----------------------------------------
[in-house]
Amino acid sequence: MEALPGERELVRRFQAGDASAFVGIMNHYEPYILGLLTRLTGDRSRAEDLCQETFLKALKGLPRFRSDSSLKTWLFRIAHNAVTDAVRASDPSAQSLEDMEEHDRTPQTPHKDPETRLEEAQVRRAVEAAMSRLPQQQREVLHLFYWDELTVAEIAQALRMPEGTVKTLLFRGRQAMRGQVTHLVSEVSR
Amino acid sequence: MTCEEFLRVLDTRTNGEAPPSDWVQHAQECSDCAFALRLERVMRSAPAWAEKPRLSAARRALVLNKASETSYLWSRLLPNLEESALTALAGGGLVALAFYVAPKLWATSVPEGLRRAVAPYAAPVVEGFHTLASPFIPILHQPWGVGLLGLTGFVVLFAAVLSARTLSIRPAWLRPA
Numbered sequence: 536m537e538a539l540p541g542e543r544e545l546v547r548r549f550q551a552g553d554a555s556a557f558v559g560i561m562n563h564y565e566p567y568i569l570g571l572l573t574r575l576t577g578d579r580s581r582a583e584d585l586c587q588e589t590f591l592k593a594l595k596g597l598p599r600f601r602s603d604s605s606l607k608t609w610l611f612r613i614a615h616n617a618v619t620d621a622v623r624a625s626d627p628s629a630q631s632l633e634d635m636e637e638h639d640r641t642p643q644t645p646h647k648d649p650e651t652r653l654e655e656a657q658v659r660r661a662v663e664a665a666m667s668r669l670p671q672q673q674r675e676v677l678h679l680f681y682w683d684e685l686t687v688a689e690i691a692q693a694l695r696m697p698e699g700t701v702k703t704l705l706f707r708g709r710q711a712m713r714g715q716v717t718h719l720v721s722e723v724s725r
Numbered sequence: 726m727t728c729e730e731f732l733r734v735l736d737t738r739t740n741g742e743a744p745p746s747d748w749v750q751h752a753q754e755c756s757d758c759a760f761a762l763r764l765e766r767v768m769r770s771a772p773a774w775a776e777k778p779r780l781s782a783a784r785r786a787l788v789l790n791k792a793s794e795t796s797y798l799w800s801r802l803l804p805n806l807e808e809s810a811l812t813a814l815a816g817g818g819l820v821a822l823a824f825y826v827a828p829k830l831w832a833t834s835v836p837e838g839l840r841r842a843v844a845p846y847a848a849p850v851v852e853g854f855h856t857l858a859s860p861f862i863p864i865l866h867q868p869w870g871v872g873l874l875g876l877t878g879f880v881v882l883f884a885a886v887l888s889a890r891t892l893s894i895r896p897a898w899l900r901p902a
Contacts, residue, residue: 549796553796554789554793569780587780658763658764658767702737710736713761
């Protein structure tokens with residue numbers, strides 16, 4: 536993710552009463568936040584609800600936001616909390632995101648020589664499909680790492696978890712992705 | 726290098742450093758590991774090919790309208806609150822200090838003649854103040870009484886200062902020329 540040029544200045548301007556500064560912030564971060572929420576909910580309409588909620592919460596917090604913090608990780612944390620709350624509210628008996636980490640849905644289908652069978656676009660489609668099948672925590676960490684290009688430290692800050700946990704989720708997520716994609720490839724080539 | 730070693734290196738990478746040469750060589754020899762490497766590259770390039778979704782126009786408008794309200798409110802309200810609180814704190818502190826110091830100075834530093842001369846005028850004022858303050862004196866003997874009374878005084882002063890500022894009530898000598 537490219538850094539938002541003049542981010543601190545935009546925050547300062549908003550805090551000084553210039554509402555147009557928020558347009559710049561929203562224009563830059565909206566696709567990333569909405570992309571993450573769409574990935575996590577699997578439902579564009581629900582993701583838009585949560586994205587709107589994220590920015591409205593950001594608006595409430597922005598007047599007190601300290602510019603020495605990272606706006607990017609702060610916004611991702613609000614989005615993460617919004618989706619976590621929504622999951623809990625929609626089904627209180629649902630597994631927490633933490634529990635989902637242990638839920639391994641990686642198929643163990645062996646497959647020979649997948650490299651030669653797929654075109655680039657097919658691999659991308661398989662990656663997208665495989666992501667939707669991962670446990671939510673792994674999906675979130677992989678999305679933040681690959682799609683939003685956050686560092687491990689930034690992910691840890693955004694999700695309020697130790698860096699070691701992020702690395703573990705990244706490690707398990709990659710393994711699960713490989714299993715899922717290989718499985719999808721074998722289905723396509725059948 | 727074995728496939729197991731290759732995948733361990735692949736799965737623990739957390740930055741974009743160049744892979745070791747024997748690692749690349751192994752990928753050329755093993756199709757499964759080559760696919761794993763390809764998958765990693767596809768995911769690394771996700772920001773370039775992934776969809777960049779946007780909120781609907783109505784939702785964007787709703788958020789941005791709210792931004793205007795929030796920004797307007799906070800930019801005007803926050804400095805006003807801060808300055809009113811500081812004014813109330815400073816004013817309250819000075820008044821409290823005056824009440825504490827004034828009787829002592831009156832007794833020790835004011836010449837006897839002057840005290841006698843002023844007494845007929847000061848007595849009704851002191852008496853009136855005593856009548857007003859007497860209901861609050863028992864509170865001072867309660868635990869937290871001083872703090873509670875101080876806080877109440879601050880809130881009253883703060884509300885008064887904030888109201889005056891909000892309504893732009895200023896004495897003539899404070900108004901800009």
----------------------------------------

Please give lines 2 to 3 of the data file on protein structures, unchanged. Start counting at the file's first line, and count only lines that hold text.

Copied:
Amino acid sequence: MEALPGERELVRRFQAGDASAFVGIMNHYEPYILGLLTRLTGDRSRAEDLCQETFLKALKGLPRFRSDSSLKTWLFRIAHNAVTDAVRASDPSAQSLEDMEEHDRTPQTPHKDPETRLEEAQVRRAVEAAMSRLPQQQREVLHLFYWDELTVAEIAQALRMPEGTVKTLLFRGRQAMRGQVTHLVSEVSR
Amino acid sequence: MTCEEFLRVLDTRTNGEAPPSDWVQHAQECSDCAFALRLERVMRSAPAWAEKPRLSAARRALVLNKASETSYLWSRLLPNLEESALTALAGGGLVALAFYVAPKLWATSVPEGLRRAVAPYAAPVVEGFHTLASPFIPILHQPWGVGLLGLTGFVVLFAAVLSARTLSIRPAWLRPA